In his fifth start-of-the-semester address to campus staff and faculty, Fresno State President Joseph Castro touted the launch of the DISCOVERe tablet program and announced plans to move forward with improving the university’s antiquated electrical infrastructure system.
Castro, who spoke to the campus community Monday morning at the Satellite Student Union as part of his Spring Assembly, also said the university established an American Indian Recruitment and Resource Initiative aimed at doubling the enrollment and graduation rates American Indian students from 82 students to 164 by 2016.
The goal of the initiative, Castro told staff and faculty, was to strengthen relationships with the neighboring American Indian tribes and to help reverse a trend that’s seen less and less American Indian students enrolling at Fresno State.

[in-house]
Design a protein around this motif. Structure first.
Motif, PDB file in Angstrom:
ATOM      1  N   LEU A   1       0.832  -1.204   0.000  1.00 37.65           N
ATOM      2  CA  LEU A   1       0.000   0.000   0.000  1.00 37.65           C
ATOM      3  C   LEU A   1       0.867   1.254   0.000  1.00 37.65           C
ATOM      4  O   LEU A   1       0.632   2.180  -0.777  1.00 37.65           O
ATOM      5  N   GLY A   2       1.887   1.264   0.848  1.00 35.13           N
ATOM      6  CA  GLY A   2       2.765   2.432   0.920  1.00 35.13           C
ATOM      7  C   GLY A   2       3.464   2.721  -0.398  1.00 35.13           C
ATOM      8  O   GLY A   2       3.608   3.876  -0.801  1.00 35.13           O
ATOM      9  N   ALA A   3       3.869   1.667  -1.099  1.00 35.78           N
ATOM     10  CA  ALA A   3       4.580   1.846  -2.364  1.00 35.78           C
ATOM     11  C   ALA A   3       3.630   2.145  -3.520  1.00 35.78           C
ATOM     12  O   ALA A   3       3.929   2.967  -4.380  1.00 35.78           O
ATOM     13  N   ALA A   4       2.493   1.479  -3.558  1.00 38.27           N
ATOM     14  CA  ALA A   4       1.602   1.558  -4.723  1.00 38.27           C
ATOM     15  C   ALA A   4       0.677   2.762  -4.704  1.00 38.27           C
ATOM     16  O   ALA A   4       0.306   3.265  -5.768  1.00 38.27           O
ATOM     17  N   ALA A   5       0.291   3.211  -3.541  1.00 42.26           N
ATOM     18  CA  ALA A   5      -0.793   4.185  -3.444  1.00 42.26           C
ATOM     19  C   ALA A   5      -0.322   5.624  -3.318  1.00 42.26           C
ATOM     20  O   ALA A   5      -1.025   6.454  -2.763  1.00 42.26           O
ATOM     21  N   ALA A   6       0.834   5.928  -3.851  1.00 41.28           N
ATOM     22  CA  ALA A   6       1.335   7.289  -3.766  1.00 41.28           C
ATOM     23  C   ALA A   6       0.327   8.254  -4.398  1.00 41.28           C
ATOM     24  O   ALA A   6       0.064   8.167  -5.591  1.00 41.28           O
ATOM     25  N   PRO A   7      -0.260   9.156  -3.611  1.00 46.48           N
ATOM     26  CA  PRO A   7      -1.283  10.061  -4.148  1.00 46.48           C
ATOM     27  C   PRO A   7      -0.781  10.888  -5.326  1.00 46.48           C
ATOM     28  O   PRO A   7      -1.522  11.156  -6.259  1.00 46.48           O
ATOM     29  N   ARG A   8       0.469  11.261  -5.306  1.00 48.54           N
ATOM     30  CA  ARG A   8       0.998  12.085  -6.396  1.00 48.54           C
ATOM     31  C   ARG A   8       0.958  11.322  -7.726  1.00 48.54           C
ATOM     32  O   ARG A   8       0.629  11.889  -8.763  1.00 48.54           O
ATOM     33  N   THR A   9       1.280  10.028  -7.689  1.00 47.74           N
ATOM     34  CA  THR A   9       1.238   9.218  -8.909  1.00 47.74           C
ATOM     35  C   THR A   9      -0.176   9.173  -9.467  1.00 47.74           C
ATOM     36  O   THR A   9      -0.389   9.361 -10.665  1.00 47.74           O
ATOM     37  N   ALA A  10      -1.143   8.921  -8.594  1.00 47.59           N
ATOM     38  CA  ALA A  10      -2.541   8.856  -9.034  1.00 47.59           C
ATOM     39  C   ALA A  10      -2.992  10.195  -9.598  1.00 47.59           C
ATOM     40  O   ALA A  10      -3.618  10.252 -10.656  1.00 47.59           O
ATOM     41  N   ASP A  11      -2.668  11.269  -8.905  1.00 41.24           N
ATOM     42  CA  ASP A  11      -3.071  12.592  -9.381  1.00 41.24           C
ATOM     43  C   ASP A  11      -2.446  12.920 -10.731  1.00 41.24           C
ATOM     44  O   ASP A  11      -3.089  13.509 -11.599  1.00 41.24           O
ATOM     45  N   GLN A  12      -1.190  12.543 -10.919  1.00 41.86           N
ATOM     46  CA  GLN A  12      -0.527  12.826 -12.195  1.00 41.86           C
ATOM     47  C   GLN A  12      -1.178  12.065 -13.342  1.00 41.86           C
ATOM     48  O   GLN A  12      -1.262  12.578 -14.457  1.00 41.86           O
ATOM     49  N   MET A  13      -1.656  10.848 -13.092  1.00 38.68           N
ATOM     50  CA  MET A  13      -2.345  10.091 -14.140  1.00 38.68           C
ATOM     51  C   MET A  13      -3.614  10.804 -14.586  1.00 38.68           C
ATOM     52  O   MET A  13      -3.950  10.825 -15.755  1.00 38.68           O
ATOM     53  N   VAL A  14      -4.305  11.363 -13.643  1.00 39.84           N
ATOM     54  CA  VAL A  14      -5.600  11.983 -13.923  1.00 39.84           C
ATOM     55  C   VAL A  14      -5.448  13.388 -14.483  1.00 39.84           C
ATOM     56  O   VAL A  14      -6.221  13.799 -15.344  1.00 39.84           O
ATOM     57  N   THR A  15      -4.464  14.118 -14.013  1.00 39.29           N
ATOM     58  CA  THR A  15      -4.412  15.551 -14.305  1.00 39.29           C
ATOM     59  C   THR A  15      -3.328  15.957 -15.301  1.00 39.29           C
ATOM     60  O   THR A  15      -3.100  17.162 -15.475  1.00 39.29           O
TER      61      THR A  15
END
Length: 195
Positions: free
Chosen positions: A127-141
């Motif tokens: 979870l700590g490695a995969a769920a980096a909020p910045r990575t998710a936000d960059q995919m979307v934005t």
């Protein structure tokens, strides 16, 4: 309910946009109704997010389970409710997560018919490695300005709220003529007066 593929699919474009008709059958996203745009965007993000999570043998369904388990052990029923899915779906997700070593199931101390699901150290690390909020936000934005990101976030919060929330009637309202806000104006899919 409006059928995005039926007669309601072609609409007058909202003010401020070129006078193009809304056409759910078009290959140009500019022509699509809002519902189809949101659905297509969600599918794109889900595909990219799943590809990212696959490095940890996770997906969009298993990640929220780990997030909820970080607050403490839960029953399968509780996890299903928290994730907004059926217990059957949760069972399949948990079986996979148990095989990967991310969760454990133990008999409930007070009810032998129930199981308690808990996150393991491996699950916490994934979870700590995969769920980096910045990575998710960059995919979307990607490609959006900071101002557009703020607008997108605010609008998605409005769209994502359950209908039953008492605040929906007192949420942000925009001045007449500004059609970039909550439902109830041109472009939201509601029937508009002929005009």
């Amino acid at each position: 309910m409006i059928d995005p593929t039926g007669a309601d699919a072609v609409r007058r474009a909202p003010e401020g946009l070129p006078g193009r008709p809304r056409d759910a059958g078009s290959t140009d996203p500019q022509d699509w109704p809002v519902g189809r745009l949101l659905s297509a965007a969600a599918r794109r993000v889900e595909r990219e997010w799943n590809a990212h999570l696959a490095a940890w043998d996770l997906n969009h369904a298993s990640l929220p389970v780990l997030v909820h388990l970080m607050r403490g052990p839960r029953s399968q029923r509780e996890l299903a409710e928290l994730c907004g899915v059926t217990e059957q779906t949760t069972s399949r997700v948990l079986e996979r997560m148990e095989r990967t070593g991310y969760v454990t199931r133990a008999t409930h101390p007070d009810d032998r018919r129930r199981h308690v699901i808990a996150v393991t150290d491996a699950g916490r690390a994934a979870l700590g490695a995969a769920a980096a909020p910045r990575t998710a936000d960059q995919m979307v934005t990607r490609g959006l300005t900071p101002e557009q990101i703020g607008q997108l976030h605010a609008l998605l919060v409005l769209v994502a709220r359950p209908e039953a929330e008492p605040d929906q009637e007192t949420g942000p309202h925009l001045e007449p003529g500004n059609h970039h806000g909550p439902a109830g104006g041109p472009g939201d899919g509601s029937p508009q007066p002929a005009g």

The university leader described the DISCOVERe tablet program’s fall launch a success, citing an in-house study in which 84 percent of students and 92 percent of faculty who participated in the program’s first semester said they had a “positive experience” in the program.
“There is growing evidence that students who participate in tablet classes learn more and achieve higher grades than those in traditional course courses,” Castro said. The program has grown this semester: 566 students are enrolled in 33 tablet courses taught by 23 faculty members.
Work to upgrade the school’s infrastructure system, which has suffered two blackout incidents since 2013, is set to start in a few weeks. The CSU system has allocated $30 million for the project, which Castro has said is the school’s top nonacademic priority.